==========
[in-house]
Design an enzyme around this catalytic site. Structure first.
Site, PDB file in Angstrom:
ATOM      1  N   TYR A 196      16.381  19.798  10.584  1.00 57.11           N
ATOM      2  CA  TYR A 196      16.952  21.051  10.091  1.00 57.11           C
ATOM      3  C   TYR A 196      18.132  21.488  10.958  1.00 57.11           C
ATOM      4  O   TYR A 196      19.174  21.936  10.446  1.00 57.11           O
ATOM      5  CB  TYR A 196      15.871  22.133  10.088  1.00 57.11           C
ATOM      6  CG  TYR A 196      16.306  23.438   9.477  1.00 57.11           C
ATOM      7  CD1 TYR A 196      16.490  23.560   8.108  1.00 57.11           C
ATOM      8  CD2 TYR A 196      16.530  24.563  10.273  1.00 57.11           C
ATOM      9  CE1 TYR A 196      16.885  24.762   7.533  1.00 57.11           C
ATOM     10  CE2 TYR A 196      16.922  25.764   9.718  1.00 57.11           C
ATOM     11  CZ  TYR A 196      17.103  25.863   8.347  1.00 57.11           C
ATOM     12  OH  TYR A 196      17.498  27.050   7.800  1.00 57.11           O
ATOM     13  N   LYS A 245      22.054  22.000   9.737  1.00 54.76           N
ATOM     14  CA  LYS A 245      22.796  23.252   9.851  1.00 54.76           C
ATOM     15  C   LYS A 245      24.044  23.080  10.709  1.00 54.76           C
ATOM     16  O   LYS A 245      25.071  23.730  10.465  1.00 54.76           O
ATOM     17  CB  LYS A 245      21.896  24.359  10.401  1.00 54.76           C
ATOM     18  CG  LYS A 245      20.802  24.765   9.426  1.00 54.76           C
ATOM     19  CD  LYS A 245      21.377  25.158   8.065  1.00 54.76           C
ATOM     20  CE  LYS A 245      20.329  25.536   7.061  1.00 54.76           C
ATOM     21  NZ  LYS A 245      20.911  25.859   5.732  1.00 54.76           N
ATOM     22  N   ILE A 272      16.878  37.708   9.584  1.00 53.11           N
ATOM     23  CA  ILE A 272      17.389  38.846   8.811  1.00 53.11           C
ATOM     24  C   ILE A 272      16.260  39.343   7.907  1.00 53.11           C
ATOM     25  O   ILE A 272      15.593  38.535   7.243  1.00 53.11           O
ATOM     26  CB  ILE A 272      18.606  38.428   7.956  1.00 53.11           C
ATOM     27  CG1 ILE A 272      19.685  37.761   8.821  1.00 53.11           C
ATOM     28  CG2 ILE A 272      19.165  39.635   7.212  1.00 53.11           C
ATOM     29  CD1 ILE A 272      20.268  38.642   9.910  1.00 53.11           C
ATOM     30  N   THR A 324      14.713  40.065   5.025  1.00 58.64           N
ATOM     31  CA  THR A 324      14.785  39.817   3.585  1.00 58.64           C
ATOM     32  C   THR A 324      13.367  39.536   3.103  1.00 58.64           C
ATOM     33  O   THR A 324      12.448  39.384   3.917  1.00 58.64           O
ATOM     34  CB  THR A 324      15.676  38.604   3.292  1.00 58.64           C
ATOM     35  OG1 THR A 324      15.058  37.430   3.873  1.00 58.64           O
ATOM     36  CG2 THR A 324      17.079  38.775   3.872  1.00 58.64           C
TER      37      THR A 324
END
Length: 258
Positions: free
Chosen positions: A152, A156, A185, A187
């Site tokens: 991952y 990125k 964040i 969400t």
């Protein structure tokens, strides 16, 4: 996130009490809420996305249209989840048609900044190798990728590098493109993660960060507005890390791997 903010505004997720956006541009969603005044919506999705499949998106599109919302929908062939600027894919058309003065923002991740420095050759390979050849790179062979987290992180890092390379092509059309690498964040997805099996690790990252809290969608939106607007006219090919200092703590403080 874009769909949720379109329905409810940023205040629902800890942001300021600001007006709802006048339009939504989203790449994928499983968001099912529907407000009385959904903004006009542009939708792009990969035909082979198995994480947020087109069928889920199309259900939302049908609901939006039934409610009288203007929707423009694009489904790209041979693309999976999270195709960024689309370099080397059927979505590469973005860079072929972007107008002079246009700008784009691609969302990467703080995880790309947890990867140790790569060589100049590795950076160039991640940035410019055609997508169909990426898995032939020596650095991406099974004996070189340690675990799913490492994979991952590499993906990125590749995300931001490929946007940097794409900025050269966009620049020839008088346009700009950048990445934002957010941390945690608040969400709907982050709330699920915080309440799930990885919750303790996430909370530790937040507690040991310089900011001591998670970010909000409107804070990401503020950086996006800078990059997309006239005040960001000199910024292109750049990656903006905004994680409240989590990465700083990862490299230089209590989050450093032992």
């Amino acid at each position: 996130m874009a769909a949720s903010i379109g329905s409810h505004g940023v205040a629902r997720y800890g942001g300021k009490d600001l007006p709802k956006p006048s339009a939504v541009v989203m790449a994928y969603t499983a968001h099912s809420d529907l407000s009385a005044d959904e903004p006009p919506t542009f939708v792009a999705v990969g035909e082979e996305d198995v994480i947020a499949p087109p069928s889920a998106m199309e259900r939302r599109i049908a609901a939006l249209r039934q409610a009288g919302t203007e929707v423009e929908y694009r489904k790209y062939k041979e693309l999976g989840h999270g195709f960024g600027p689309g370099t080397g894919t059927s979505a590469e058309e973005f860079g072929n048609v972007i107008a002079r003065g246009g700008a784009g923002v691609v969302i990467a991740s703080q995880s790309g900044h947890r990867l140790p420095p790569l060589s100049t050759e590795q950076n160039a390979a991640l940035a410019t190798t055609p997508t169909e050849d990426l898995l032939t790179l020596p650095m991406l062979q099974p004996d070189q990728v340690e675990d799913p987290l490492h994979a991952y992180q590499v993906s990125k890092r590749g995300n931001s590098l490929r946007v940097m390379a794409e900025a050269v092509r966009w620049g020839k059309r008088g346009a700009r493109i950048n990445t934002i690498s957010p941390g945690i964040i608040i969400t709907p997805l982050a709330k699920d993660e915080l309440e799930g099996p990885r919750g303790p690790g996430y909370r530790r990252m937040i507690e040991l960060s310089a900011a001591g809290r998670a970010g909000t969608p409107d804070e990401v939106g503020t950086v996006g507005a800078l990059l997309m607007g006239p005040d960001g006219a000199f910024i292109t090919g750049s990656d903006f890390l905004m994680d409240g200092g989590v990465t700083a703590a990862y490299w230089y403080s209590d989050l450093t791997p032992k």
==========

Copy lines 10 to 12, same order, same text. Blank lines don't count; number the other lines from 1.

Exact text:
ATOM      7  CD1 TYR A 196      16.490  23.560   8.108  1.00 57.11           C
ATOM      8  CD2 TYR A 196      16.530  24.563  10.273  1.00 57.11           C
ATOM      9  CE1 TYR A 196      16.885  24.762   7.533  1.00 57.11           C